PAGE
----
Background for non-Americans: the US school system is a disaster, with very uneven quality. You have some good school districts, and you have some really bad ones, and it’s all just pretty crazy. Very different from back in Finland, where education isn’t just good, it’s fairly reliably good. You don’t have to worry too much about which school you go to, because while there are certainly differences, they simply don’t tend to be all that marked.
In the US, if you care about education, you end up having to make sure you live in a good school district. Or you do the whole private school thing, or try to make sure you can transfer, or whatever. The one thing you do not do is to just take it for granted. You work at it.
I’m not a huge believer in private schools, and I actually wanted my kids to be able to walk to their friends houses, so we made sure to move to one of the better districts in Oregon.
Now, living in a good school district means that you end up paying a lot more for housing, so it’s not actually necessarily really any cheaper than sending your kids to a private school. But you do also end up being in a community where people care about education, so it’s not just the school: it’s the whole environment around you and your kids.
But it’s unquestionably unfair, and it unquestionably means that people who can afford it get a better education in the US. Despite the whole “public” part of the US public school system, it’s like so much else in the US: you don’t want to be poor. The whole “American Dream” is pretty much a fairy tale.
So the Oregon legislature is trying to fix the unfairness. Which I very much understand, because I really do detest the whole US school system – it was always one of the things that we talked about being a possible reason to move back to Finland when the kids needed to go to school. We ended up learning how the US system works, and made it work for us, but that doesn’t mean that I have to like the situation. Because I’ve seen better.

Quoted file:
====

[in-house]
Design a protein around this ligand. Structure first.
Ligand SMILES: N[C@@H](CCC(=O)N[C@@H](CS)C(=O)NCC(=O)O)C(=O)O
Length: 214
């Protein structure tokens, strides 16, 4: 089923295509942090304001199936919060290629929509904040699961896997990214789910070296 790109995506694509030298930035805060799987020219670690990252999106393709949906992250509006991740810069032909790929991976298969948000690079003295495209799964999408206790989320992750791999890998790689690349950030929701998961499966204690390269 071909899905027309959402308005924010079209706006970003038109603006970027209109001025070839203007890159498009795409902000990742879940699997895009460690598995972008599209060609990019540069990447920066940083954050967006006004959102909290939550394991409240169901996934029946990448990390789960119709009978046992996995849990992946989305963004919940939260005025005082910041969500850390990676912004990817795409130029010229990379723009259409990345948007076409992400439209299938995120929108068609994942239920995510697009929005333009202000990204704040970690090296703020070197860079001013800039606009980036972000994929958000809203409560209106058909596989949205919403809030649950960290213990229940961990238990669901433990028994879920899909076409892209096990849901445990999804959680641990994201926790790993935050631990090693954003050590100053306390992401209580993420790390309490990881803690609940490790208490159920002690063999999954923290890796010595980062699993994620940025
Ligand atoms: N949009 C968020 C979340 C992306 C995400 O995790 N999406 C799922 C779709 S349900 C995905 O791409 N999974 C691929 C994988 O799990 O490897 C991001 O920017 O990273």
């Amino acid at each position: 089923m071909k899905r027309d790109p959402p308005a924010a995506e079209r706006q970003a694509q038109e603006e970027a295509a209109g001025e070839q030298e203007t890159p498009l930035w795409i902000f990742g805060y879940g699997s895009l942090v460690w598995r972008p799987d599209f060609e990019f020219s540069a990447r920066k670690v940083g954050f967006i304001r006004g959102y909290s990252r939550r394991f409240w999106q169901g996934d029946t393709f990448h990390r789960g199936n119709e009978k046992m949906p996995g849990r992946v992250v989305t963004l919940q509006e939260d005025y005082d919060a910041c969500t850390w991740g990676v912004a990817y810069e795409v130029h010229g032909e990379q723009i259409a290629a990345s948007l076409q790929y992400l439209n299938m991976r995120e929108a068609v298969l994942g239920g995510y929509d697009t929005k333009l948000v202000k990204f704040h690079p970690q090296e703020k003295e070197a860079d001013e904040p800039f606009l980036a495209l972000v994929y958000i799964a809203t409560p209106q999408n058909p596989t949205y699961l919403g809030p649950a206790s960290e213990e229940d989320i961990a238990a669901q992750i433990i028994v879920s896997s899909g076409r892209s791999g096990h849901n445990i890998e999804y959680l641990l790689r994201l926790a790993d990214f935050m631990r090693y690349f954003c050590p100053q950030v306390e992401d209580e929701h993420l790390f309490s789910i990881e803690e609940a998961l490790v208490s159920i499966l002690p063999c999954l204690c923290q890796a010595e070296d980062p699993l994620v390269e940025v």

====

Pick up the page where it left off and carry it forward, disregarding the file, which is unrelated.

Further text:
So why is trying to make things fairer a peeve?
The way the Oregon legislature is trying to fix things isn’t by making the average school better, it’s by trying to make it hard to have the (fairly few) bright spots around.
In particular, let’s say that you do have a good school district, where people not only end up paying for it in the property taxes (which is what largely funds the school), but also by having special local tax bonds for the school in addition to the big fund-raisers every year. Because the public US school funding just isn’t that great, so the local community ends up fixing it – to the point of literally raising much of the money to build a new building etc.
The US outspends and underperforms. More
Portland schools’ 2012-2013 budget is $687,513,063 for 47,000 students or 14,627.93/student. Madison will spend $14,527/student during the 2012-2013 fiscal year.
US teacher content knowledge requirements are lag other countries.
Oregon HB 2748
Notes and links on Sweden’s voucher system and Finland’s schools.